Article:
7:00pm         Dinner begins (amuse bouche pre-set)

7:10pm         Welcome – Moderator & Introduction of chairperson of the board

Remarks – Chairperson of the board

7:25pm         First course cleared

7:35pm         Second course served (replenish water/wine/beer/liquor)

7:45pm         Moderator introduces speaker 1

Speaker 1 presents first award/awardee acceptance speech

7:55pm         Clear second course

8:05pm         Moderator introduces speaker 2

Speaker 2 presents second award/awardee acceptance speech

8:15pm         Serve third course (replenish water/wine/beer/liquor)

8:40pm         Clear third course

8:50pm         Moderator introduces speaker

Speaker 3 presents main award/awardee acceptance speech

9:05pm         Serve fourth course (coffee and replenish water/wine/beer/liquor)

9:20pm         Clear fourth course

9:30pm         Closing remarks by CEO

9:45pm         After-Affair (entertainment/late-night bites/open bar)

11:00pm      Gala ends

Day 4 (Post event)

7:00am                   Tent removal

7:00am                   Lighting removal

7:00am                   Sound removal

8:00am                   Rental pick-up

10:00am                Décor removal

12:00pm               Restroom removal

Acknowledgement letters/phone calls/emails

Staff/volunteer thank you

11. Acknowledge Contributions:

Thank you, thank you and thank you! You can’t thank your donors, vendors, staff and volunteers enough since you will be leaning on them again in the future. Events, especially large ones, are a team effort and everyone contributes a unique talent. A thank you can be simple and impactful. For example, write hand-written notes, attach a piece of candy and leave on the desks of staff members. This small gesture will brighten their day and make them smile. They will know, and remember, that you appreciate them.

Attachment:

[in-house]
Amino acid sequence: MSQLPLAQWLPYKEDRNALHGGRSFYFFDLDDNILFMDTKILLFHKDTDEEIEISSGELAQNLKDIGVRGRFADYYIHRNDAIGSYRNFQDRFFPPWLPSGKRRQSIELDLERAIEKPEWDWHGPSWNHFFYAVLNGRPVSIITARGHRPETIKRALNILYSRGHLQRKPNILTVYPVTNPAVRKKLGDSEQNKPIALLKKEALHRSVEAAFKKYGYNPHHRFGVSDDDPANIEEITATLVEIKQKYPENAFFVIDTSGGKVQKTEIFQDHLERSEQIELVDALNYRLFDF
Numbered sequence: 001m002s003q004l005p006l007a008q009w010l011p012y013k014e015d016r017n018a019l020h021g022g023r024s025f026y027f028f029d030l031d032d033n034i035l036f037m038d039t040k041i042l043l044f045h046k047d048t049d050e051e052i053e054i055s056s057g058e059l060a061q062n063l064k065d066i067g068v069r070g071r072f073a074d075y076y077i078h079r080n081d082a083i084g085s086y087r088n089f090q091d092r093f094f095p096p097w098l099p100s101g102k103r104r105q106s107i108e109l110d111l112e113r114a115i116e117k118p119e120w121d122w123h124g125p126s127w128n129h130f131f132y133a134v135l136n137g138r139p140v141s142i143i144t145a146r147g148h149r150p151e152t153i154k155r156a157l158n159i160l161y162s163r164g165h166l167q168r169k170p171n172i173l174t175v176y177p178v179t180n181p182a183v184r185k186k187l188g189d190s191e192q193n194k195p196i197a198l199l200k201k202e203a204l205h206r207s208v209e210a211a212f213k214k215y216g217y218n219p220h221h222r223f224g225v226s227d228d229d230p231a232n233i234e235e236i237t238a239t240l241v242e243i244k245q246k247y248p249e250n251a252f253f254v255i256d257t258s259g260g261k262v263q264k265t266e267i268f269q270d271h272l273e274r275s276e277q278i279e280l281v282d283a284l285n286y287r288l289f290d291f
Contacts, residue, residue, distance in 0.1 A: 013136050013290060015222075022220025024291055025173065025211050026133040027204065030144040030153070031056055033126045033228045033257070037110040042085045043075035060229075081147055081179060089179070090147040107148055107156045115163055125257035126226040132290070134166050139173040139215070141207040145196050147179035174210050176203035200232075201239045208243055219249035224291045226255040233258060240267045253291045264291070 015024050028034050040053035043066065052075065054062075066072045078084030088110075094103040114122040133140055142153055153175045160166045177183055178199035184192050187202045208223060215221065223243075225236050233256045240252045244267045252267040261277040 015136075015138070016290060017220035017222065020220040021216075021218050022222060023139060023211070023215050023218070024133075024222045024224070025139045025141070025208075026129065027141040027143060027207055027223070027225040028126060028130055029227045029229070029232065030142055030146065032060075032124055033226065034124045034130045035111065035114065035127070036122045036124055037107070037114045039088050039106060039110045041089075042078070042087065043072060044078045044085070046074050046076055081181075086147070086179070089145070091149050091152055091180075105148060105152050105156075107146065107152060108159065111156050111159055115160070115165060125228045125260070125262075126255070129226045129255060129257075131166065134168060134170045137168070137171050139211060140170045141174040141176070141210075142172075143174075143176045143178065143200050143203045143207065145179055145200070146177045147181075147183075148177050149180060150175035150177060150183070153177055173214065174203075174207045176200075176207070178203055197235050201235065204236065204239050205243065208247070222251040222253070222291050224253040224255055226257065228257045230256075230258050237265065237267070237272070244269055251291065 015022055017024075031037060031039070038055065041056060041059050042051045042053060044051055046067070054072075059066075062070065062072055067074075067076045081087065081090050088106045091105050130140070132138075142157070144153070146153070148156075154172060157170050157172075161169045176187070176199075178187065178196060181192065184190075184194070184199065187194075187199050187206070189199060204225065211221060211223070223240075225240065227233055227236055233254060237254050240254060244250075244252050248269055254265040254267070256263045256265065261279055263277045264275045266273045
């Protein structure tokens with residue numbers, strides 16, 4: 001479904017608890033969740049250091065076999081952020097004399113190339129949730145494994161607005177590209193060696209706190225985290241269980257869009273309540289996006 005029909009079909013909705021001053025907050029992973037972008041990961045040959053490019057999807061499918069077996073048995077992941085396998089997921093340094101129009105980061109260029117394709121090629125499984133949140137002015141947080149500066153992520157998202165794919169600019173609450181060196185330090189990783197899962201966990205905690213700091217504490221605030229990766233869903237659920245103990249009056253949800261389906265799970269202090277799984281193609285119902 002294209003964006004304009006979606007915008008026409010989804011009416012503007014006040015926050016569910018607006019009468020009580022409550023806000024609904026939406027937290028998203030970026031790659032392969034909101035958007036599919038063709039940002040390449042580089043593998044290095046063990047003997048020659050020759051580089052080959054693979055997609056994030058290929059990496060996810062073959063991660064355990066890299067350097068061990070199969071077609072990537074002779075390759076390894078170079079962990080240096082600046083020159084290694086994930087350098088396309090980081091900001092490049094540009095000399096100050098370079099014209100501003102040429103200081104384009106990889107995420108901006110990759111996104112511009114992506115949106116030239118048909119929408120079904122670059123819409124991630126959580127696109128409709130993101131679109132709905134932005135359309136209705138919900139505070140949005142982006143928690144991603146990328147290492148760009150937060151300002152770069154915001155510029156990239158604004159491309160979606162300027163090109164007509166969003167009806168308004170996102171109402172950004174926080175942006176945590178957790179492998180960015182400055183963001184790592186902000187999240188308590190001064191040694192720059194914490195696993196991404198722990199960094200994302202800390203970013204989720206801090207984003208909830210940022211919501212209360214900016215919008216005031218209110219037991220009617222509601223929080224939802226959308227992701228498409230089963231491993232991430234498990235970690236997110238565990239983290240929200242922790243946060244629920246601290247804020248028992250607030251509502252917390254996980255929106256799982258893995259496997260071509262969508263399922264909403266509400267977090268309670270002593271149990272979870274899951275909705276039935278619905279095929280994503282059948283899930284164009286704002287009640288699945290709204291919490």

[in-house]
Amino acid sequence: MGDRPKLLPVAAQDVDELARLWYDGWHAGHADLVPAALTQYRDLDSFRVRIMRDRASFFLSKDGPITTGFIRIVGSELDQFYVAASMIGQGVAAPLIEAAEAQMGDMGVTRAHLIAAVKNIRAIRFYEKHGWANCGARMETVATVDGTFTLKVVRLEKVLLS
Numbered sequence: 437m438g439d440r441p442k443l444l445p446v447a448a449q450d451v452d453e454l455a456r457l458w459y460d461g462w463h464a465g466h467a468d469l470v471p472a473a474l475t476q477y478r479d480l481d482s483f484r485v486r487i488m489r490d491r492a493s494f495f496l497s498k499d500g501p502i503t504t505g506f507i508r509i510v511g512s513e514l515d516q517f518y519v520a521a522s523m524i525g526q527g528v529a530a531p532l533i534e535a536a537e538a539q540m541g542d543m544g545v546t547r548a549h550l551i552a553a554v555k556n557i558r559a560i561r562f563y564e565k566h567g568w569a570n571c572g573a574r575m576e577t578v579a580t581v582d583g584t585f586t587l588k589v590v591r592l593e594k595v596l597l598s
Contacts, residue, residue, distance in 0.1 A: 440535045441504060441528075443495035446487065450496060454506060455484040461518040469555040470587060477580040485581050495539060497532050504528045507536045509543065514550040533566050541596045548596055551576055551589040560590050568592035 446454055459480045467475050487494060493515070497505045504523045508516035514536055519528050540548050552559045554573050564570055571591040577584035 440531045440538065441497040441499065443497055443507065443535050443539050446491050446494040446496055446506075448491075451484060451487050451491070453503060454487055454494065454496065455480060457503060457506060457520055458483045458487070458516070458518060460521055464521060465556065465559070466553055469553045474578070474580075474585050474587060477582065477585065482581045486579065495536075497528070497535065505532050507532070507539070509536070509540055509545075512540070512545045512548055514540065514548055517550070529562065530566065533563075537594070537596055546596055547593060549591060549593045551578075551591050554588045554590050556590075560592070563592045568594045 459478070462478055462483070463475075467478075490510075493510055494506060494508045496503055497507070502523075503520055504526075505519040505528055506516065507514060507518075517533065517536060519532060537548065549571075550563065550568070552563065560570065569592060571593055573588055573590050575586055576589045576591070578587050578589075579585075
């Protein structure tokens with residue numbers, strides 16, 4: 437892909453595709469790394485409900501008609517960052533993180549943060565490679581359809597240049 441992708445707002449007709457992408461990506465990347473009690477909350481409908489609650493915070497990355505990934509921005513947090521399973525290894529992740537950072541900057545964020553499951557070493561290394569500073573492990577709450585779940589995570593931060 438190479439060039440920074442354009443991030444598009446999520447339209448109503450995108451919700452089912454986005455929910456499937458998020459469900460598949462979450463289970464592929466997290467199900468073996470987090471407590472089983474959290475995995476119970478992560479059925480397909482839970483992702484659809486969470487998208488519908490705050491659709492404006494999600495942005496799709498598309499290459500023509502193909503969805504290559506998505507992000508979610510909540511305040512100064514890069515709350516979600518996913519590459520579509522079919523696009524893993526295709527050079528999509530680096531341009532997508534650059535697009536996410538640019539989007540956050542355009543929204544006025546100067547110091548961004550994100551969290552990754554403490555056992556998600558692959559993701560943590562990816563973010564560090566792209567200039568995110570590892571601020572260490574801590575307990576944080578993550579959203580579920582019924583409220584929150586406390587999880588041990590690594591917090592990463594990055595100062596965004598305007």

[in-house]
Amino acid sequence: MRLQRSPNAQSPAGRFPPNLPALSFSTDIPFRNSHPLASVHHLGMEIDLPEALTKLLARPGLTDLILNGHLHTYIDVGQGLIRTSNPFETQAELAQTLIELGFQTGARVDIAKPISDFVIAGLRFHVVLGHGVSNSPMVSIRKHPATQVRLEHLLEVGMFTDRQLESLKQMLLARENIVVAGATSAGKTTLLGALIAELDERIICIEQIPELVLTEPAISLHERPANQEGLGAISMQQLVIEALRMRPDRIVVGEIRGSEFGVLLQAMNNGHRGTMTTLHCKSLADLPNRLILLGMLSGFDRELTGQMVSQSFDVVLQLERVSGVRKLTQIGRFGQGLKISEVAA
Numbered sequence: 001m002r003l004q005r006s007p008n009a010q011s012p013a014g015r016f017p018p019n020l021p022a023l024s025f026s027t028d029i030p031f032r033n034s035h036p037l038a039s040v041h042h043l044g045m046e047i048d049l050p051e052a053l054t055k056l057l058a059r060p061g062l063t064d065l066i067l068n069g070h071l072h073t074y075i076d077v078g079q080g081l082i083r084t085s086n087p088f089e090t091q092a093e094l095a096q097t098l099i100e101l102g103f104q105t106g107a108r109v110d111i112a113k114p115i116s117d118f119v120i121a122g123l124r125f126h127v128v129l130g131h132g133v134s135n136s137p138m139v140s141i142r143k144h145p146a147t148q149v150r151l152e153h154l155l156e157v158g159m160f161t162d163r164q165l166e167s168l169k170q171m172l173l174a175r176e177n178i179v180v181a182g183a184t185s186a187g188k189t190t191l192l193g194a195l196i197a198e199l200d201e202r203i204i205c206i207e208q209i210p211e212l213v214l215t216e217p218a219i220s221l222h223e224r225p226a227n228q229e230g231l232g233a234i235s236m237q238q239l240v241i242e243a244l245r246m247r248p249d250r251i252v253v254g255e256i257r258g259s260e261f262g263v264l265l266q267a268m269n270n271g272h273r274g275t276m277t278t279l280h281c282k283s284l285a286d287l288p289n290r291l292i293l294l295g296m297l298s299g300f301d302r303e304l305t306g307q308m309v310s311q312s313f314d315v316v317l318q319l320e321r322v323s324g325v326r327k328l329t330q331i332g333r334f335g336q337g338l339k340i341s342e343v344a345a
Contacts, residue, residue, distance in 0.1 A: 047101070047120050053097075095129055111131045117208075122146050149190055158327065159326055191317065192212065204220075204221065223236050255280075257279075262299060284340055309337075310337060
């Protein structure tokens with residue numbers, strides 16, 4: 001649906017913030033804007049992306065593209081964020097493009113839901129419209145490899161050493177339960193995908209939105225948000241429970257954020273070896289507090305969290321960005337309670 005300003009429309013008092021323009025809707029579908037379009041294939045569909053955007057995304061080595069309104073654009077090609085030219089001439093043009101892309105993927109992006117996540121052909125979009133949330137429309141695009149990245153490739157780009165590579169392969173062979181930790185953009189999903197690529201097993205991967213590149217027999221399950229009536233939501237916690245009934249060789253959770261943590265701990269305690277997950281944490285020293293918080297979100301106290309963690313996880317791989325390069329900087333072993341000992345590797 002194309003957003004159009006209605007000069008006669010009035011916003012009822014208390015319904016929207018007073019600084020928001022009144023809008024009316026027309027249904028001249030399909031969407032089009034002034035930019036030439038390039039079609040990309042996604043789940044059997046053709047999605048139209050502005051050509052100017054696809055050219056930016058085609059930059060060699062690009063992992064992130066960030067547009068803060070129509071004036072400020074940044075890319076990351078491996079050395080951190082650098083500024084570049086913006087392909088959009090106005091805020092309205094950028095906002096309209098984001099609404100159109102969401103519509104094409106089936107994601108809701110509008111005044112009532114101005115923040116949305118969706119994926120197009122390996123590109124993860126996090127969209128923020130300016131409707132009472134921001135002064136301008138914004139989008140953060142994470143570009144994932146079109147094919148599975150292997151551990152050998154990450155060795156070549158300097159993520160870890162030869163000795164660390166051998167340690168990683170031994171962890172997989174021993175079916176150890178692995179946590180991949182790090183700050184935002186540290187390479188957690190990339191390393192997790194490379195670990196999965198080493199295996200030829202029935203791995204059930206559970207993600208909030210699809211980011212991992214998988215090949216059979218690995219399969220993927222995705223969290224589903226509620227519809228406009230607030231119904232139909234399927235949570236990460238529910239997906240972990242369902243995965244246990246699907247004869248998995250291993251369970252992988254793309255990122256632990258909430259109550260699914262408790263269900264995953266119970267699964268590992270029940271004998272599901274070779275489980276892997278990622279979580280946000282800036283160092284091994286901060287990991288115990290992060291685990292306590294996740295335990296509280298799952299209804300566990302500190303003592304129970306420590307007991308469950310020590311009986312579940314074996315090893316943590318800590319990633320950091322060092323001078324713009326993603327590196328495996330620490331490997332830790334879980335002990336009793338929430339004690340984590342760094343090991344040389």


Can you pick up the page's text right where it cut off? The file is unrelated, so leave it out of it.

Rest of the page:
Fundraising events are a large component of your annual revenue, exposure, and prospect/donor growth. While time consuming, they can produce a great return on investment. Always consider the pros and cons of hosting an event before you commit. Encourage feedback from staff, and listen to their thoughts and ideas. Events are a team effort and will require everyone to be on-board. Remember to follow up with prospects and donors soon afterward, proving your dedication and enthusiasm, and moving your organization one step closer to securing their gift or pledge.

Good luck, and remember to enjoy your fundraising events!